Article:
SEOSell Web Design Services, Tampa FL

For a real estate investor or developer who has chosen to grow their business by building a website, the term “Search Engine Optimization” or “SEO” will likely come up in any initial research you have done. This concept is critical if you want your website to show up for searches entered into search engines, but the practice sounds much more intimidat- ing than it really is. In fact, just by learning the basics you can drive a consistent and year-round flow of leads in the form of buyers, sellers, vendors, and even new sources of capital. This white paper will help you learn how to apply SEO techniques to your website to foster relationships with the industry players mentioned above.

The information below walks you through each of five major types of SEO for real estate investors. It is written in plain English with minimal jargon and and includes examples specific to real estate investors like yourself.

The 5 sections include:

  • On-Page Basics – These help you prepare your overall website and its individual pages for the search engines, website visitors, and potential buyers. These basic techniques provide the foundation for your site.
  • On-Page and Technical Mid-level to Advanced SEO – These are items that give search engines a better understanding of your business, who will benefit from finding a specific page within your website, and how to increase your site’s speed a bit more.
  • Attracting Sellers – Ready to use SEO to source more potential investment prop- erties? Here is where you’ll learn the important things to help attract motivated sellers.
  • Bringing in Buyers – Securing an investment property and copleting renovations are exciting moments for an investor, but you still ned to find a buyer to complete the “flip” of the property. This section will help you make sure that your website is showing up when they lookf for available homes that match your investment property.
  • Localizing Content – To show up in location-specific searches you’ll want to use location-based SEO to optimize your website. This is where we teach you how.
    a. Events schema and locations schema
    b. Mobile inputs
    c. Clickable phone numbers

On-Page Basics for SEO

On-page SEO is about defining what the page is about for both the person visiting your website and the search engines. These are easy and actionable items you can implement to let the search engines know which types of queries and questions your page is meant to answer and provide more information on.

Below you’ll find a list of on-page SEO items specifically for real estate investor websites and a few examples of what are “good” and what are “bad” examples. We’ll also share with you how to analyze what is currently on an existing website, so that if you already have a website you can make sure your pages are optimized properly.

  • Title tags – This is what appears in your browser and as the headline in a search engine result. It should be 55 characters or less including spaces, have the main keyword phrase of the page in it, and be descriptive about what the person will find on your website if they click through.
  • Meta description – These are NOT going to impact your ability to rank higher in search results but they can increase how much traffic you get. They appear in search results below the title, should be 155 characters or less and reinforce the message of the title tag and further explain how the person will benefit by visiting your page. If the Title tags serve as your “label” for the page, the Meta descrip- tion serves as your sales pitch for why someone should click.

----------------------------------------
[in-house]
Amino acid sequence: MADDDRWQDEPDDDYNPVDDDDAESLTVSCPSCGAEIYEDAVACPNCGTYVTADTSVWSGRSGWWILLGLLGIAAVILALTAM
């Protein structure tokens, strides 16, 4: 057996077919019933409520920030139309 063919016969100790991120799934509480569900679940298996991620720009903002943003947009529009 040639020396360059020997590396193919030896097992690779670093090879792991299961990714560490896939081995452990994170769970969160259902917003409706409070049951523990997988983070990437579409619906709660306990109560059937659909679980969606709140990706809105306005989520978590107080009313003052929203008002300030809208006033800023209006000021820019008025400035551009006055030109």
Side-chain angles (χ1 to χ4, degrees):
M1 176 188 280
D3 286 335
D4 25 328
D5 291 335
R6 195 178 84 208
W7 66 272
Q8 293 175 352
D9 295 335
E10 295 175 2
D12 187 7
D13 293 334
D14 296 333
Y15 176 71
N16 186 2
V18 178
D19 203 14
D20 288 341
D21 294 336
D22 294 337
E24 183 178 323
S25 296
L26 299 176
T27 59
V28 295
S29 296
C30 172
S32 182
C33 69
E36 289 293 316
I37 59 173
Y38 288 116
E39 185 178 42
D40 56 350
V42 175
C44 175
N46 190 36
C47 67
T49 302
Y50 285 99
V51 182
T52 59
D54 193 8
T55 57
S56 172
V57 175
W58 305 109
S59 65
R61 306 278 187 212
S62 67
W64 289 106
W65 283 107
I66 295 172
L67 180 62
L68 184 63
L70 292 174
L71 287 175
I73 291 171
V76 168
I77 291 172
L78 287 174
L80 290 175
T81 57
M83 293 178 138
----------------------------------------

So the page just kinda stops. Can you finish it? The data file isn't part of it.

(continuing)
• H1 tags – These are the header and main topic of the page and are normally the bold letters you see. They should be simple, to the point, and direct. It is important to avoid using the same ones on any two pages and there should never be more than one H1 tag per page. There can only be one H1 tag per page because Google doesn’t want to have to decide which page to show, o when there are more than one it doesn’t show either.For example, you should not have two separate pages on your website with an H1 tag of “Chantilly Virginia Single Family Home For Sale” on it.
  • Internal links –– These are links from one page on your website to another page on your website. They help the search engine to know what the page you are linking to is about. You do not want to link off of the same keywords to two separate pages as this causes confusion about which is the better page or more relevant.For example, if your website features the phrase “renovated houses in Bethesda” in multiple locations within your website, be sure to not link ithat phrase to multiple other pages. Instead have one page dedicated to just youre completed projects in Bethesda and anytime you link off of a variation of “Bethesda homes” you should only link to that page.
  • Copy – This simply refers to the text that is written on any page of your website. Word count does not matter any more, so instead think about how you can provide the best possible user experience with the most relevant wording. This is what search engines reward and may help you to show up, so make sure that your copy is relevant to the intended query and valuable to visitors.

    Ways to answer questions and provide a good user experience that also makes the search engines happy include:

    – Featuring Frequently Asked Questions (FAQs) about the topic

    – Creating content that explains what the page is about (which could include your experi- ence in a bio or portfolio page), or about the house or condo on the property listings page (a multi-family home with 3 baths, game room, and a pool which is also close to 3 dog parks).

    – The last thing to check is the copy on your pages from your phone and your desktop computer. If it is not the same, you may not be able to show up in the search engines as well. Google, for example, considers the content from your mobile site first, and then may look at what is on the desktop. Why does this create a problem?